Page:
Heat-not-burn tobacco 'is a health risk'
"Heat-not-burn" tobacco products are harmful to health even though they are safer than regular cigarettes, say UK experts.
The advisory panel to the government said the devices produce "a number of compounds of concern", including some that can cause cancer.
Manufacturers say their products are aimed at smokers who want the "taste of tobacco with no smoke and less smell".
The panel was concerned that young non-smokers might start using the products.
There were also worries that the products could lead people to take up smoking cigarettes.
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The Committee on Toxicity (Cot) looked at the available evidence about the risks of two heat-not-burn products that have recently gone on sale in the UK - IQOS and iFuse.
The devices heat tobacco to a high enough temperature to create a vapour but not smoke.
They are different to e-cigarettes, which vaporise a liquid containing nicotine - the highly addictive compound in tobacco smoke.
The committee found that people using heat-not-burn products are exposed to between 50% to 90% fewer "harmful and potentially harmful" compounds compared with conventional cigarettes.
But it was unable to quantify the exact health risk.
Prof Alan Boobis, committee chairman, said: "The evidence suggests that heat-not-burn products still pose a risk to users. There is likely to be a reduction in risk for cigarette smokers who switch to heat-not-burn products but quitting entirely would be more beneficial."
There was not enough evidence for the committee to compare heat-not-burn with e-cigarettes.
But the committee noted: "If people perceive e-cigarettes as safe this perception could transfer to heat-not-burn tobacco products, despite a lack of data on which to establish this."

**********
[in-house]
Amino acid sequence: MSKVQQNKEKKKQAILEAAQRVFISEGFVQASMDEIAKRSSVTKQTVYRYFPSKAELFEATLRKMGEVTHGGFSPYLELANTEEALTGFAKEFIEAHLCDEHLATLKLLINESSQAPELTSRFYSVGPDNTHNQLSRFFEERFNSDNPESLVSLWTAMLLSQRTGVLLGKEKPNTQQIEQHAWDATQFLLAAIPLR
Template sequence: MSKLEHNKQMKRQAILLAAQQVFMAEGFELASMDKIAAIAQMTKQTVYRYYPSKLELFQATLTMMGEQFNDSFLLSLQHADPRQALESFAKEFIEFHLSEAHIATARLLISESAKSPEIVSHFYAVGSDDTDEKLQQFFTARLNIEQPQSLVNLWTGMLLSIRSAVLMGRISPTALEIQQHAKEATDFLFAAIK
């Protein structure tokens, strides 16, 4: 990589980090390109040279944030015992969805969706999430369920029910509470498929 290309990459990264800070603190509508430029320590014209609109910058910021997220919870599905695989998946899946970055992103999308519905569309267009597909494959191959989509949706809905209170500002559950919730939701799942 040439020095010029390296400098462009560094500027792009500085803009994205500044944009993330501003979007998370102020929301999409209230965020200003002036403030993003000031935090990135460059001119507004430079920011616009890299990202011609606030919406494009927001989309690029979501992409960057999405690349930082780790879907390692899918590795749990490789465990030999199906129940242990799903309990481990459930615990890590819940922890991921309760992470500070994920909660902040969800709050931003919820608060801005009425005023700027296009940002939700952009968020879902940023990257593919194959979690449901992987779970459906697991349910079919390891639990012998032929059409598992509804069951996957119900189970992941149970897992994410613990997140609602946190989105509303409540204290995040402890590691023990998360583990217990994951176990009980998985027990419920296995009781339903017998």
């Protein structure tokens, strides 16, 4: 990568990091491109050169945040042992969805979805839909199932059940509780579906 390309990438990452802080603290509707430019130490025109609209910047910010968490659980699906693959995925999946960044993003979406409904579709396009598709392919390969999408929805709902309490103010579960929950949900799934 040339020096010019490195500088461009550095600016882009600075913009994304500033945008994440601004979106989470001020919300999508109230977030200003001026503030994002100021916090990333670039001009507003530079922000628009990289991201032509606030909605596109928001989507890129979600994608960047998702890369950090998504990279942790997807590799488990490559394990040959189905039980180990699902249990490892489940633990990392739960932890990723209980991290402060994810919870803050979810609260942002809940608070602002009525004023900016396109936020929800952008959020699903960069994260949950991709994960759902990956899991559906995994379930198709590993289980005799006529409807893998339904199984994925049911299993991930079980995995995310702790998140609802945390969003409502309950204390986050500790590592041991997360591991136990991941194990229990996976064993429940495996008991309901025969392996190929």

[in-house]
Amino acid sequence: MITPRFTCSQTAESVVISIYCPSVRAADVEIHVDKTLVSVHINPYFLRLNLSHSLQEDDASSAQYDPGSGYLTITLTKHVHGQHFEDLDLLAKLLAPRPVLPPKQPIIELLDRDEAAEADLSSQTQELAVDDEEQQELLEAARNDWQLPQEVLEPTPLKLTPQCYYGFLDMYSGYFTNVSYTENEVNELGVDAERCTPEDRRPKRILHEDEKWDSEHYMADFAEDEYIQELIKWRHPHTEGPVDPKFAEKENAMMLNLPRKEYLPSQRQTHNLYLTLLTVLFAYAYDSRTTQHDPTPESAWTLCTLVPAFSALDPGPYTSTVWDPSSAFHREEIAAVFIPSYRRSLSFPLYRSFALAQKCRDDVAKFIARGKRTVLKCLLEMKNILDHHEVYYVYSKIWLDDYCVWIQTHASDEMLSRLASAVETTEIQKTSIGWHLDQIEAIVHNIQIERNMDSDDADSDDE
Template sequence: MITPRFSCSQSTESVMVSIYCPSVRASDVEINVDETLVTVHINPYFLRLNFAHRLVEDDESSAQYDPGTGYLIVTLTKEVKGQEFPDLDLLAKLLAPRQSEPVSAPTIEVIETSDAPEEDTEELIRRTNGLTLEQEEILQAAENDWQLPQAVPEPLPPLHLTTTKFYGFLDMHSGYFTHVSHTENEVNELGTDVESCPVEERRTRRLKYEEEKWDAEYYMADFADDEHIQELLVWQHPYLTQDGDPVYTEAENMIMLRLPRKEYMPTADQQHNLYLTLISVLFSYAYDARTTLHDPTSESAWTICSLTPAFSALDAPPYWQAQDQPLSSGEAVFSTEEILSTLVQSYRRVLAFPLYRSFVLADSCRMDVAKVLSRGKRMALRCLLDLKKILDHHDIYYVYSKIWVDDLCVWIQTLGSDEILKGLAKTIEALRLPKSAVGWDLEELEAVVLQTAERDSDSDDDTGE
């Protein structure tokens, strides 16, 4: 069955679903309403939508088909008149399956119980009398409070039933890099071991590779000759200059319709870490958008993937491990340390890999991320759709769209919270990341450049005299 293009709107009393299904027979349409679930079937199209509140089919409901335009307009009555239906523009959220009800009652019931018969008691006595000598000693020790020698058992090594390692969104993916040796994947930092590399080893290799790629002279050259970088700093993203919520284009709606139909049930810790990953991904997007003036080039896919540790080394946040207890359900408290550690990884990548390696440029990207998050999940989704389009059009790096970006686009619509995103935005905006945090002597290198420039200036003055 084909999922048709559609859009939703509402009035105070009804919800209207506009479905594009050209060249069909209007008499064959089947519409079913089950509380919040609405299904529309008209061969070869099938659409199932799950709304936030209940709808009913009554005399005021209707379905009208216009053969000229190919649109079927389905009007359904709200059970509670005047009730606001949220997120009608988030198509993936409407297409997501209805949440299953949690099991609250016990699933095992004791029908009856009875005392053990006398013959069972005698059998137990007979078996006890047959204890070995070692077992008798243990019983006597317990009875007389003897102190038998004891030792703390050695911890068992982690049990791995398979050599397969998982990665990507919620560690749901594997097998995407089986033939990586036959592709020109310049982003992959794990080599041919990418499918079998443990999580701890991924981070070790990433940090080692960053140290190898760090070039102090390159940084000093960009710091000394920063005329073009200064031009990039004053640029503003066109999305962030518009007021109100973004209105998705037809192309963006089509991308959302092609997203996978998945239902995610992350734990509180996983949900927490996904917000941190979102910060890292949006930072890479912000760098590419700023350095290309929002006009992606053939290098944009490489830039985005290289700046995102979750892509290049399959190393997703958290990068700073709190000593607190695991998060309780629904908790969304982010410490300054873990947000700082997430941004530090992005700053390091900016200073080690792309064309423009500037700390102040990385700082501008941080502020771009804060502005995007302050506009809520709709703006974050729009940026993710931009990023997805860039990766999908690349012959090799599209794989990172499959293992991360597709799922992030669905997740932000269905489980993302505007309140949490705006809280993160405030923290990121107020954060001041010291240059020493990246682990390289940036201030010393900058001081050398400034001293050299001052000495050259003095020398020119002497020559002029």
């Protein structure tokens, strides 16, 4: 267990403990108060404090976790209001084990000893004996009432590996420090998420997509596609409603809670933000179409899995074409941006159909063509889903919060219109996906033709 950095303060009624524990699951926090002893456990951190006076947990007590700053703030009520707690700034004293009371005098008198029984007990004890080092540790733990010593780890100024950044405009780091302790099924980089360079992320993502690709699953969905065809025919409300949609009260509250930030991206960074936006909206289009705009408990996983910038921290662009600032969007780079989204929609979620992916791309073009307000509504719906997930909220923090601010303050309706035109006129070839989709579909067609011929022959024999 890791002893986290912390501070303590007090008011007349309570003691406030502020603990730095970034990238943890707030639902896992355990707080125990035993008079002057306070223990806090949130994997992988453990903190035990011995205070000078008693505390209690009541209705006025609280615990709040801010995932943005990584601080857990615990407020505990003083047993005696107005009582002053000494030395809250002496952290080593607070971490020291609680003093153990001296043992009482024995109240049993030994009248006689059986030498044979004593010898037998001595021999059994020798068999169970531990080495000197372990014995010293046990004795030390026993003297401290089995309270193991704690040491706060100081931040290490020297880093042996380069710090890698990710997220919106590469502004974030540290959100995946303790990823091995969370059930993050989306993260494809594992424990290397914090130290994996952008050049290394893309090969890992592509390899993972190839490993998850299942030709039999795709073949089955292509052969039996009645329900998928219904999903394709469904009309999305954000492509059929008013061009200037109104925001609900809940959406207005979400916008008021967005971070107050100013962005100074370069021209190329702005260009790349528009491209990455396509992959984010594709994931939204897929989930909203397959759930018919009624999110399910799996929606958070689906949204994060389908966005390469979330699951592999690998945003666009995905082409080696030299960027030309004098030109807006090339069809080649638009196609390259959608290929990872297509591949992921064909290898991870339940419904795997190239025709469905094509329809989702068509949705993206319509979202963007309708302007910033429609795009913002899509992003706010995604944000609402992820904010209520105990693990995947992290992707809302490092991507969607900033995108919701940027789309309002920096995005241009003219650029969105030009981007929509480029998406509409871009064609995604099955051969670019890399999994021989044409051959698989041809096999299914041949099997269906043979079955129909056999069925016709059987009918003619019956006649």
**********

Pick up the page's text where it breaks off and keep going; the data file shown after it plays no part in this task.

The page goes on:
Public Health England says there is a large amount of evidence that shows e-cigarettes are much less harmful than smoking - at least 95%.
"We encourage smokers to try e-cigarettes as a way of stopping smoking. People who combine e-cigarettes with support from their local stop-smoking service have some of the highest quit success rates."
Quitting tobacco-use completely is still the healthiest option, say health experts.
A spokesman for Philip Morris Limited, which makes IQOS, said: "We are encouraged by today's statement of the UK's Committee on Toxicity and will continue to share our scientific evidence.
"We believe that smoke-free alternatives, including heated tobacco products like IQOS and e-cigarettes, have significant potential to be less harmful than cigarettes and can play an important role for smokers and public health."
Simon Clark from the smokers' group Forest said: "Electronic cigarettes are a step too far for many smokers so if the government wants smokers to quit there has to be a range of products that fills the gap between combustible tobacco and e-cigarettes."